All posts filed under: Spirituality

Arrayed, Victorious

Meditating on the first two decades of the sorrowful mysteries this morning, I had a series of successive thoughts that built upon each other that I thought I would share here. I saw an image of our Lord, standing before me, wearing a white robe (like a long tunic shirt, but down to His feet), and across His shoulder down to His waist, He had instead of a belt, what I can only describe as a sash draped across, made out of roses. I came to understand that this sash was a gift from Our Blessed Mother, who like any loving mother, gives good gifts to her children. The sash was fashioned out of the faithful Rosaries of her children, which she wove into a garment for her Son. I also had the impression that this was not a decorative sash meant solely for adornment, it was like a military honor, gracing Our Lord in the symbol of victory before the final battles have been fought. For He has already won. I’d like to think …

Rule of Life, Quarantine Edition

For the past couple of years, it’s become something of an annual tradition for me to share about my ongoing efforts to craft and keep a rule of life. Since our lives are always changing, it makes sense that this is something that gets adapted as we face different transitions and obstacles to overcome. If you would be interested in looking at past years, you can find them here (2019, 2018) as well as my initial post on how to create a rule of life (here). Today, I wanted to share about how that’s been going so far in 2020, which has definitely been impacted by recent events. Mornings I begin my mornings “in the usual way” (as Fr. Timothy Gallagher might say), with a prayer of gratitude in my own words, thanking God for the present day and all that is to be in it, good and bad, and ask for His help, that by my actions, He might be glorified, and my soul further sanctified. This transitions into my morning offering prayer (the …

Keeping a Prayer Journal

In the times past that I’ve had the most self-discipline when it came to an active prayer life, if I’m honest, it was because I kept a prayer journal. My cheap spiral-bound notebooks (lay-flat binding is a ‘must-have’ feature for me) became a home for daily check-ins as I recorded whether I’d remembered to prayed, what Bible passages I’d read, and record a few paragraphs, sometimes pages even, of conversations with God. Creating a structured system, in effect, helped me during those periods to establish a rhythm of daily life and the focus to know WHAT I was going to do, and WHEN I was going to do it. Sitting in my chair, I had my journal and a pen, the Bible (in whatever translation I was presently reading), and a few spiritual books — books of prayer, books on the lives of the saints, devotionals, a catechism. Lest you get the wrong idea, I am not saying that it’s a clinical habit, boiled down to a list of checked boxes. Far from it. But …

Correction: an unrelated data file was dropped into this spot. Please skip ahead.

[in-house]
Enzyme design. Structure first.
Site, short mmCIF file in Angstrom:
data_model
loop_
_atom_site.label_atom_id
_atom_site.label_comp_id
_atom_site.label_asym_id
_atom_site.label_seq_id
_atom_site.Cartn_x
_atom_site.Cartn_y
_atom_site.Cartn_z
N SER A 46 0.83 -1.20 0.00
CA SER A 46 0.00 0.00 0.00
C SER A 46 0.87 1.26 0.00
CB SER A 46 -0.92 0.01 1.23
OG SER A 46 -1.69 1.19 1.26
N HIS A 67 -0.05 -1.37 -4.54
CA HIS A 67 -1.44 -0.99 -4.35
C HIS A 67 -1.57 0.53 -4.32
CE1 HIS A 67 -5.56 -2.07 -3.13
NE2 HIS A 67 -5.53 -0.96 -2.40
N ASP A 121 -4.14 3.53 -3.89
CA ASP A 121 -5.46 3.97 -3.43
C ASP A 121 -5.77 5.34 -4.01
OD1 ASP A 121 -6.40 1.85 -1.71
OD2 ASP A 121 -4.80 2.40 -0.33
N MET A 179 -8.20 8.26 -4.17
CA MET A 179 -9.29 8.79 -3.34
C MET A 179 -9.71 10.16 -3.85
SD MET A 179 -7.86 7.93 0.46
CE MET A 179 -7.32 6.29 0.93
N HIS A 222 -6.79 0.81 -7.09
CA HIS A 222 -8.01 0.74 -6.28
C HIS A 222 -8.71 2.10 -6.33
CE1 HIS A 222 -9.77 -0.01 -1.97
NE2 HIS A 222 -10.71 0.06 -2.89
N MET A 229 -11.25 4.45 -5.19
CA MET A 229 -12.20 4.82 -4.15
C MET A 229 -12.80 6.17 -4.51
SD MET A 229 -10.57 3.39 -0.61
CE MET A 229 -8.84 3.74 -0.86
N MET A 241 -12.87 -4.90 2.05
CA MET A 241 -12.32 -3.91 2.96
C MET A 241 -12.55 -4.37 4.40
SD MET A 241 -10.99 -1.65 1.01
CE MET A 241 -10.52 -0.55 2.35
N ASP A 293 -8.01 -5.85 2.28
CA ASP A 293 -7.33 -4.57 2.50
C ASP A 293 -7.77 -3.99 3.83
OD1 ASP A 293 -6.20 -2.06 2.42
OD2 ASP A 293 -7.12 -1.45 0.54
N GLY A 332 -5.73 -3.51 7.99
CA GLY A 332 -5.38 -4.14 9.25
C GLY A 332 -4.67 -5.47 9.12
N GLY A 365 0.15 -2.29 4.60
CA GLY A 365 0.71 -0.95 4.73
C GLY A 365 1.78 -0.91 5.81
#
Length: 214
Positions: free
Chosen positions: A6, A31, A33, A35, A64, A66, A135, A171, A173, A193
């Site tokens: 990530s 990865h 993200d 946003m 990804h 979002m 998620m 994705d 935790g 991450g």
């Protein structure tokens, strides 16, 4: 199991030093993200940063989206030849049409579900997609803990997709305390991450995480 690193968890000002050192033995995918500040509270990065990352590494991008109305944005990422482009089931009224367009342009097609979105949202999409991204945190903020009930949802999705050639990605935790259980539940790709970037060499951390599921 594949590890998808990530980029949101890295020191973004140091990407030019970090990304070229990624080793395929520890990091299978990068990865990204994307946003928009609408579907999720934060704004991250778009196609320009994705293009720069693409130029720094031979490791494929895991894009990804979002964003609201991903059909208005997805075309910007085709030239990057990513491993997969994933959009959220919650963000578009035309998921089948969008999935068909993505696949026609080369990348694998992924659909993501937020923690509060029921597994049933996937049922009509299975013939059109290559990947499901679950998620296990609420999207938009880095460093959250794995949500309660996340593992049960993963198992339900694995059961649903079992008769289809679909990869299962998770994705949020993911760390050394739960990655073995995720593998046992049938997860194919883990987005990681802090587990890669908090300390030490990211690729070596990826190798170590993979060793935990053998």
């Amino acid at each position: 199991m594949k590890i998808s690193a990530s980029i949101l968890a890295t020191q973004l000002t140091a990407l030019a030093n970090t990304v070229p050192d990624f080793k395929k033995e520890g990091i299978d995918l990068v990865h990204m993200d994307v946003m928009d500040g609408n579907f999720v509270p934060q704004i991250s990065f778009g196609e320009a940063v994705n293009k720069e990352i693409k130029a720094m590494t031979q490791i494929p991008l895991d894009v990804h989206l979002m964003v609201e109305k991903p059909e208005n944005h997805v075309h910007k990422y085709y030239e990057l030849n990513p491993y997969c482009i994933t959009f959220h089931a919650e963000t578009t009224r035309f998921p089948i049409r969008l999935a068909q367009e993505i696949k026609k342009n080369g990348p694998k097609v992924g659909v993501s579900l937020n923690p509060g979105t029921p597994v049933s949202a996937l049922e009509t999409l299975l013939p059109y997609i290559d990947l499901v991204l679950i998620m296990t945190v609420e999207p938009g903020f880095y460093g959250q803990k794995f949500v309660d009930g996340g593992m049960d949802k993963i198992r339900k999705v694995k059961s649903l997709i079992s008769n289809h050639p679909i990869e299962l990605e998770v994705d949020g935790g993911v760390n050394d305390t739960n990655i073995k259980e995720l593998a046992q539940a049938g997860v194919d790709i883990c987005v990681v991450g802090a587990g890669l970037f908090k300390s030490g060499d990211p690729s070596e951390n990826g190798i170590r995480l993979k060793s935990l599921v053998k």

The Divine Mercy Novena

In 2020, I participated in my first novena — the Divine Mercy novena. Today was the final day. A novena, for the unfamiliar, is a nine-day period leading up to a feast day in the Catholic Church, in which you say the same prayer (or set of prayers) for various intentions. In the Catholic Church, Divine Mercy Sunday falls on the Sunday immediately after Easter, so the novena begins on Good Friday each year, and concludes on the Saturday before Divine Mercy Sunday. The feast finds its origins in the life and writings of St. Maria Faustina Kowalska (1905-1938), who purported to have conversations with Jesus, and her life’s mission was basically the propagation of this devotion to the Divine Mercy. St. Faustina had a vision of Jesus with blood and water flowing from his heart and a painting was commissioned that is still venerated. I’ve blogged before about the chaplet of Divine Mercy (here), so if you’re interested in specifics, definitely check that link out. What I’d like to share for a few minutes …

Perfumed Mystery

Perhaps I should have shared this as soon as it happened, but, recently I attended mass (not today) and when I received the host in my palm, I noticed a perfume that seemed to be coming from the Eucharist. There was a gentleman behind me in line and in front, and I received it from our priest, not a female Eucharistic minister. It should be noting that neither was I wearing perfume that day. So, I’m confident it wasn’t coming from someone in the queue. This is not the first time I’ve encountered sights or sounds or smells unusual in a church service (Catholic or Protestant), but I thought it worth remarking upon. It was a pleasant, floral fragrance. Edited: WordPress tells me this is my 500th post on this site. What a beautiful coincidence!